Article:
1933 Tasting Notes
All kinds of dire rain-sleet-snow warnings; we will likely be buried by some kind of nasty precipitation by tomorrow, so in theory, I need to select my last decent cuppa before the power starts dipping. However, time o’the evening dictates decaf, so this’ll be it. It is a decent unflavored decaf that you can coax some stoutness out of with a longer steep. A little milk/sugar can also convince you you’re drinking the real thing. My two ounce package is disappearing at a rapid rate.
The best tea ever is the first cup you drink when you are safely tucked in your house when you’ve been riding the tired, chilled, and stressed roller coaster. Even if it’s bagged Lipton. In this case, it was a little tinned, bagged, mango green that isn’t very mango-y, but is chasing away the shivers. (If someone gives you this tinned variety, don’t throw it out; use it in a pinch, and enjoy the really cute tins.)
This is a decent, lightweight IB. This is not the tea to drink at 6 a.m. when it’s the only cup you’re going to get all day because your workday is screamingly nonstop from the moment you walk in and then when you get off you have to run screaming in another direction to take an elderly father to the E.R.
Thank you for indulging me in a bit of self-pity :) Surely there is hot water around here somewhere. I have a bag of Twinings on me….
Husband, Master of Spatial Relationships, noted that the round tags that came with the samples fit precisely inside the rim of a standard Mason canning jar. We tried it.
The tea itself is a surprise. Tightly rolled leaves, like an oolong, that huge-n up remarkably when you steep. Taste is sweet up front, dark in the back, but a little fruity and oolong-y in the middle. A whole flavor parade.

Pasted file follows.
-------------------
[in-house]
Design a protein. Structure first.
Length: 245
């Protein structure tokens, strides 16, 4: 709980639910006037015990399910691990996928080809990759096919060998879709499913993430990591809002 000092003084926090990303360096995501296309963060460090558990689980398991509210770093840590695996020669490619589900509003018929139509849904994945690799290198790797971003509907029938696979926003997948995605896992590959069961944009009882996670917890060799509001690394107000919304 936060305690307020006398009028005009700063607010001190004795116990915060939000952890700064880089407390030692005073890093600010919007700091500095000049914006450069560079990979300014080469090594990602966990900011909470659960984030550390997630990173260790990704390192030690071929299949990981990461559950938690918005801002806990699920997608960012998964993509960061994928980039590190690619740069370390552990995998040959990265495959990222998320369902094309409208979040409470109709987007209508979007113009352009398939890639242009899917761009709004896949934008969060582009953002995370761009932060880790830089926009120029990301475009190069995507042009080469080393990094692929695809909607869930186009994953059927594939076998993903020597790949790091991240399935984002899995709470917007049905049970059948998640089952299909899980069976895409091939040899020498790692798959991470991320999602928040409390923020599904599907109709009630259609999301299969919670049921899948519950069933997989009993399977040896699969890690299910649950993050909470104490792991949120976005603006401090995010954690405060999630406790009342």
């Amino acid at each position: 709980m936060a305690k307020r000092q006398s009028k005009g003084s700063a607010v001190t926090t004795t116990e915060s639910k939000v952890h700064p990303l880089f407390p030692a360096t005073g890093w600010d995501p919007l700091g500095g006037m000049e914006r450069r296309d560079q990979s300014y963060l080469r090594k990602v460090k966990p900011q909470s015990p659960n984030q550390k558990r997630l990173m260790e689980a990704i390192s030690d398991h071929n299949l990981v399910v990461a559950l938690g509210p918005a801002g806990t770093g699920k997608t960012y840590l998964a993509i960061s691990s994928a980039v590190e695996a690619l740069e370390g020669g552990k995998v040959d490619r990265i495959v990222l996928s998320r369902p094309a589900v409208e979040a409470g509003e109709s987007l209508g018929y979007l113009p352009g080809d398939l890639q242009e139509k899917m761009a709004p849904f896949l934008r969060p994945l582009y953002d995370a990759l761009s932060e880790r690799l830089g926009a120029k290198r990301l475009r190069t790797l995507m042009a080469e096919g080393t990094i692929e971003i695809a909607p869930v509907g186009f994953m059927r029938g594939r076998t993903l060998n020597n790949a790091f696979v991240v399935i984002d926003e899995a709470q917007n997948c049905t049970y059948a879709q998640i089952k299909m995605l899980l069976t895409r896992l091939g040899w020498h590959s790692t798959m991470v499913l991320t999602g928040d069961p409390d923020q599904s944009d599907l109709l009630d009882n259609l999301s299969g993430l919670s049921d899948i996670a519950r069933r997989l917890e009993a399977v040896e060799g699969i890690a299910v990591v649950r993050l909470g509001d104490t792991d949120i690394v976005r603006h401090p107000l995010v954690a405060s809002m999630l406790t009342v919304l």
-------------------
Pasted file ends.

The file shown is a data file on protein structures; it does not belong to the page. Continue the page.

Resisting the urge to float my cork boat in it. Gotta get to work. Creativity on a deadline.
Samples arrived this week and I am saving them for this weekend when I can take some time to enjoy. However, I have to say something about the wonderful packaging. I put together the little cork boat before I even looked at the packets. And with the cheerful nautical-themed tags and packets, this gets my vote for “most funnest sample packages ever.”
Avast and ahoy—-we’ll dive into ’em tomorrow.
This little cheapie, dark and rich with just a little mineral, is further proof that prowling through the bins at your local indie vendor can pay off. Newbies on a budget—do some local exploring: it’s a great way to expand your tea wardrobe without deflating your wallet as much as you would with name brand mail orders.
(Not that we don’t love those name brands as well ;)
Looks a little like salad dry in the pouch…definitely a woodsy flavor to it (drnking it with a chocolate chip cookie remedied any valerian mulchiness). So far I haven’t met a tisane that will put me out completely on its own—will have to report later on any possible zzzzz effect.
ashmanra, I put Tazo outside so I didn’t have any help steeping it :)
(Yeah, I’m still here. I think.)
I’m still thinking on this one. Previous comments hold; it’s somewhat spicy, but spicy in the bass range—you get it at the tip of your tongue after you’ve swallowed. Don’t think it’s really strong enough (to my taste, anyway) for a breakfast tea. Maybe brunch or elevenses. Still a very, very, very good Ceylon!
Ahhhhhhhh. Weather mild enough to work outside in shirtsleeves, finally able to continue picking up branch fallout from the ice storm a week before Christmas. This is my break and I am drinking it with immense pleasure in the patio glider. Just a good quality longjing with long, flat leaves and a little sweetness.
For second steep, I threw in a pinch of mystery white chai from a work buddy; there’s just a tiny hint of cinnamon in it now. Equally pleasant.